The shares haven’t fallen further in part because investors are used to Dreamliner woes after seven delays pushed back its entry into service by more than three years, according to Carter Leake, a BB&T Capital Markets analyst in Richmond, Virginia.
In a worst-case scenario, the model may be grounded more than three months, which could force a production slowdown, said Leake, a former pilot who also worked for Canadian planemaker Bombardier Inc. While Boeing continues to assemble 787s, the grounding has forced a halt in deliveries, because buyers couldn’t fly away in their new planes.
“The market is in a period of disbelief that it could be anything other than a quick fix, despite the fact that we’re in an open investigation,” Leake said.
Boeing already felt the weight of investors’ 787 dismay before the grounding. Through last week, the shares had slumped 26 percent since the day before the planemaker disclosed the first Dreamliner delay, in October 2007.
Any reworking of the Dreamliner would come alongside the development this year of the 787-9, a stretched version of the plane, and the upgraded 737 Max, which is scheduled to enter airline fleets in 2017. The planemaker is also working to develop a 787-10 variant and a revamp of the 777.
Concurrent projects have proved a risk in the past, with the Dreamliner’s struggles spilling onto the 747-8 jumbo jet program. Its 2011 debut came two years late after Boeing shifted engineers to help on the 787.
The Dreamliner has long been pivotal to Boeing’s product strategy. With the plane’s promise of a 20 percent gain in fuel economy over comparable wide-bodies, Boeing markets the 787 as a way for airlines to fly long-haul routes without larger 777s or 747 jumbo jets. The 787-8, the only model in service, seats as many as 250 people and lists for about $207 million, although buyers typically get a discount.
The Dreamliner’s early setbacks echo the “teething” pains common to new jet models, said Gary Flam, a partner at Bel Air Investment Advisors LLC in Los Angeles, whose holdings include Boeing.
“The market in general is telling you there’s some caution, but not tremendous concern yet,” Flam said. “I’ve actually been surprised how well the stock has acted given the news.”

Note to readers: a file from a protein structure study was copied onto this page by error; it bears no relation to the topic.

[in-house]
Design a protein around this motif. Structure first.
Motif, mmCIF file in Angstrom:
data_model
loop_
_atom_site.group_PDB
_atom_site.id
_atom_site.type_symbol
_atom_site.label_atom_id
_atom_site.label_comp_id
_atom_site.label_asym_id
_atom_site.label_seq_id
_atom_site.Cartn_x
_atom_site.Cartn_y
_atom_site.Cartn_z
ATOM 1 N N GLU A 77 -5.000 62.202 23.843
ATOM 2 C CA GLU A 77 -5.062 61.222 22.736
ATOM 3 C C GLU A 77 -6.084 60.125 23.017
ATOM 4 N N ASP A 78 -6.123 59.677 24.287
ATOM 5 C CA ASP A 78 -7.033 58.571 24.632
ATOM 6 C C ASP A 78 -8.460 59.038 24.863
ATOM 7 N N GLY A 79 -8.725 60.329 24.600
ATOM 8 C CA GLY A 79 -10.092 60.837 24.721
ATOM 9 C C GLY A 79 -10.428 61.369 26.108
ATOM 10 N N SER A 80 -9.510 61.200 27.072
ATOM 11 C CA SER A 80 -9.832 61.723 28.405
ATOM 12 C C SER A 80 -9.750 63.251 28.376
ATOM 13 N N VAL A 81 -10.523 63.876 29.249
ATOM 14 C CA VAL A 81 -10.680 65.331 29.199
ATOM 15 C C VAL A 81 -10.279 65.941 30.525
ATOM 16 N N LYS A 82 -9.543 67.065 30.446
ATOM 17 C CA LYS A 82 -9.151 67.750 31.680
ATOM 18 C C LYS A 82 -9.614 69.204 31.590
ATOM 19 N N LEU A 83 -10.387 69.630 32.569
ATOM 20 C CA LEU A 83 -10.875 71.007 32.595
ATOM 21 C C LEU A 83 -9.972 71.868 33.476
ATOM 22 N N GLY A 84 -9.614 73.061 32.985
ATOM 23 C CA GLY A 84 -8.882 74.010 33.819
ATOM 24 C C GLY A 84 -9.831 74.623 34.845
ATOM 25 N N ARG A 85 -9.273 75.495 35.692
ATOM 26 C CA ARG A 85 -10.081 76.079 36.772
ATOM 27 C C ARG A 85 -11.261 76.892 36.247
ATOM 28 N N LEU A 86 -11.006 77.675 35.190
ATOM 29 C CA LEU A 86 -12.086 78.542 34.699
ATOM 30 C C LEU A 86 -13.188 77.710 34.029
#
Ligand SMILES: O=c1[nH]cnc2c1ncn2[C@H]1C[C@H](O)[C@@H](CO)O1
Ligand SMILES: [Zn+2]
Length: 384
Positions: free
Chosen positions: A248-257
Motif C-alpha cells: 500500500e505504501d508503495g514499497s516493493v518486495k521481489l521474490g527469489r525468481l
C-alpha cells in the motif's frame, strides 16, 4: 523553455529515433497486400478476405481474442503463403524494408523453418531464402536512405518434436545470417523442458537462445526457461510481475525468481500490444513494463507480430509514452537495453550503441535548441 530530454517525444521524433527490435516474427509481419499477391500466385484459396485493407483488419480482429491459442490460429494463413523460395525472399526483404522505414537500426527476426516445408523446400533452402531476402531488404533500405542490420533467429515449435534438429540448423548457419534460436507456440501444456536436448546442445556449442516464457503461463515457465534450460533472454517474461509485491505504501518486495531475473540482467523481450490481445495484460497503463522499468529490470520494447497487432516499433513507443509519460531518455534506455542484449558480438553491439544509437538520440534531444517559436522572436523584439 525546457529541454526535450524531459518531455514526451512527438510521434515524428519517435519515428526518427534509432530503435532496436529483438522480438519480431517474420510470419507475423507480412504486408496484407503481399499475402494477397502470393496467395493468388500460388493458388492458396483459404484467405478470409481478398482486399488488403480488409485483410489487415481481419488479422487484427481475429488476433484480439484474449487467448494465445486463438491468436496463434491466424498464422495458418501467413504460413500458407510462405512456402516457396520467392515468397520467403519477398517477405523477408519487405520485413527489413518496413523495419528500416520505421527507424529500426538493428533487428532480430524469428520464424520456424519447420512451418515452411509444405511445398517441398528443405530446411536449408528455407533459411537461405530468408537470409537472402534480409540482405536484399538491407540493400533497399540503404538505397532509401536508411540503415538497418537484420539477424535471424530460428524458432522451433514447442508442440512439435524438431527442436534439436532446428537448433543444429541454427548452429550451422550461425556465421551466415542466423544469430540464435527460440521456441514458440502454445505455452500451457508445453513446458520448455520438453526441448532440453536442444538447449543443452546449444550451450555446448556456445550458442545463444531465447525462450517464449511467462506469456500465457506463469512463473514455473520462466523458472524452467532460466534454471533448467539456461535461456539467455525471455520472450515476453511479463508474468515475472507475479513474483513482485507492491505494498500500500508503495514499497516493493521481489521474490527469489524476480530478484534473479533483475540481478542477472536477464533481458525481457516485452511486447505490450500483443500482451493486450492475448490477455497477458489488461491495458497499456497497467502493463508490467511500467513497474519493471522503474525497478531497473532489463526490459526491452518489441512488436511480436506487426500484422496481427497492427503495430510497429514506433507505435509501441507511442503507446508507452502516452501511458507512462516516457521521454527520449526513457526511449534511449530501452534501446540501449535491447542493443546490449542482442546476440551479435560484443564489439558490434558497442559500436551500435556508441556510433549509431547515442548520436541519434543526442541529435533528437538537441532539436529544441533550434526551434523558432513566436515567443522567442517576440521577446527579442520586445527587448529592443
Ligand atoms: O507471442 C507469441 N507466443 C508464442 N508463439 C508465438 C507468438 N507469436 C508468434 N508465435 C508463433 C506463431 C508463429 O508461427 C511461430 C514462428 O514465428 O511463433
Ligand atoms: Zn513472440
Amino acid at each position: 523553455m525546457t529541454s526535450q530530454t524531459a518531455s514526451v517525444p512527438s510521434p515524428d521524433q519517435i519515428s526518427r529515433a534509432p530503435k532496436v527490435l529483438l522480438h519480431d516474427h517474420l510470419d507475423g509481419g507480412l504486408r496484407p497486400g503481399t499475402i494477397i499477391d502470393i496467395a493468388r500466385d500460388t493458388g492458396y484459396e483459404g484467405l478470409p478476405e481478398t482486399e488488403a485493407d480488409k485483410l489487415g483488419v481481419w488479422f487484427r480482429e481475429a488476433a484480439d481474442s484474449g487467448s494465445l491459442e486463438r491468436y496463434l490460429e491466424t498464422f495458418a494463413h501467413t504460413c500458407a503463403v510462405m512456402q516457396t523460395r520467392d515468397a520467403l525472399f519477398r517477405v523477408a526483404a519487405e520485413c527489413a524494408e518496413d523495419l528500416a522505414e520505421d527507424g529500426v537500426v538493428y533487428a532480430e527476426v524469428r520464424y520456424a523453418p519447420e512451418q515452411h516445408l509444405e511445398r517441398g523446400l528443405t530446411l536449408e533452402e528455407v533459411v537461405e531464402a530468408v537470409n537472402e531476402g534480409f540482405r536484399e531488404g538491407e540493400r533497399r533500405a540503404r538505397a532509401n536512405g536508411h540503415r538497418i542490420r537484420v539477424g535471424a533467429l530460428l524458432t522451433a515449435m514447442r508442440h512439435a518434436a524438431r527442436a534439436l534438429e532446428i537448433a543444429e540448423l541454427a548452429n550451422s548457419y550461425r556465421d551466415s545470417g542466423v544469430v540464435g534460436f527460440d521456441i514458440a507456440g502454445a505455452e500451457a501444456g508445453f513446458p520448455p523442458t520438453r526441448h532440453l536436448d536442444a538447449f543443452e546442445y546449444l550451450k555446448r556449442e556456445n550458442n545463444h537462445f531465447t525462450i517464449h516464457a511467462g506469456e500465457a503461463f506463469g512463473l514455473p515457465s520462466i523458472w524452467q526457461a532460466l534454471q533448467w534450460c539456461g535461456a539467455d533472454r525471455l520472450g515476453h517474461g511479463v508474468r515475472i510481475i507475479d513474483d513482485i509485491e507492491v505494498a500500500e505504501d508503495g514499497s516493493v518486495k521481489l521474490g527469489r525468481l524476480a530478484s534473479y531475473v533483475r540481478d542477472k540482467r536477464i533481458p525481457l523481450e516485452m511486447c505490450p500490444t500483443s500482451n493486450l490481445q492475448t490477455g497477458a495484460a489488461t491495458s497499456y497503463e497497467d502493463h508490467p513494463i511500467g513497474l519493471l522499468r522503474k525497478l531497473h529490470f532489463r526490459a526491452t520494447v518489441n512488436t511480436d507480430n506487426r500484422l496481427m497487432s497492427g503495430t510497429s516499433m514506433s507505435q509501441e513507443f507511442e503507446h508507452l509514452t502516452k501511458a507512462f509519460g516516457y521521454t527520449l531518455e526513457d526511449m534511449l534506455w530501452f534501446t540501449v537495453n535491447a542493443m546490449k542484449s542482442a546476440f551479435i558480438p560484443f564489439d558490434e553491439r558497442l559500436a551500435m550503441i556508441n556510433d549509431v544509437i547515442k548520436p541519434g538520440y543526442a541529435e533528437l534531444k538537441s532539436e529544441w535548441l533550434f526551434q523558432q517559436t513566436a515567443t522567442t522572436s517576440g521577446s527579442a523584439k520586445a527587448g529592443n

In the 1990s, Boeing’s 777 encountered delays in getting FAA approval for its engines, and some planes were temporarily pulled from trans-Atlantic flights because of power-plant issues.
Among additional early glitches was the delay of the 747’s first commercial flight, two decades previously, also for engine troubles. Later, the planemaker had to redesign a rudder-control part on the 737 and replace it on all the jets.
“Boeing has a very strong record of being able to surmount these issues,” said Peter Jankovskis, who helps manage $3 billion of assets including Boeing stock as chief investment officer for Oakbrook Investments LLC in Lisle, Illinois. “We remain confident in Boeing and their management and technical teams’ ability to solve these issues.”
Shareholders hoping for clues about the progress of that effort didn’t get much when the National Transportation Safety Board gave a briefing last week on its “methodical” inquiry. The agency said yesterday that investigators found no evidence of flaws in the battery charger that would have caused the Boston fire. No problems were found in the auxiliary power unit, which contains the battery, either, the NTSB said.
Investors’ support for Boeing and the 787 remains tied to the idea that the faults are in the lithium-ion battery packs, not a fundamental defect in the planemaker’s most technologically advanced jet ever, according to Leake, the BB&T analyst.
“If, as this unfolds, it’s anything more than a defective battery, then that confidence will start to wane,” he said.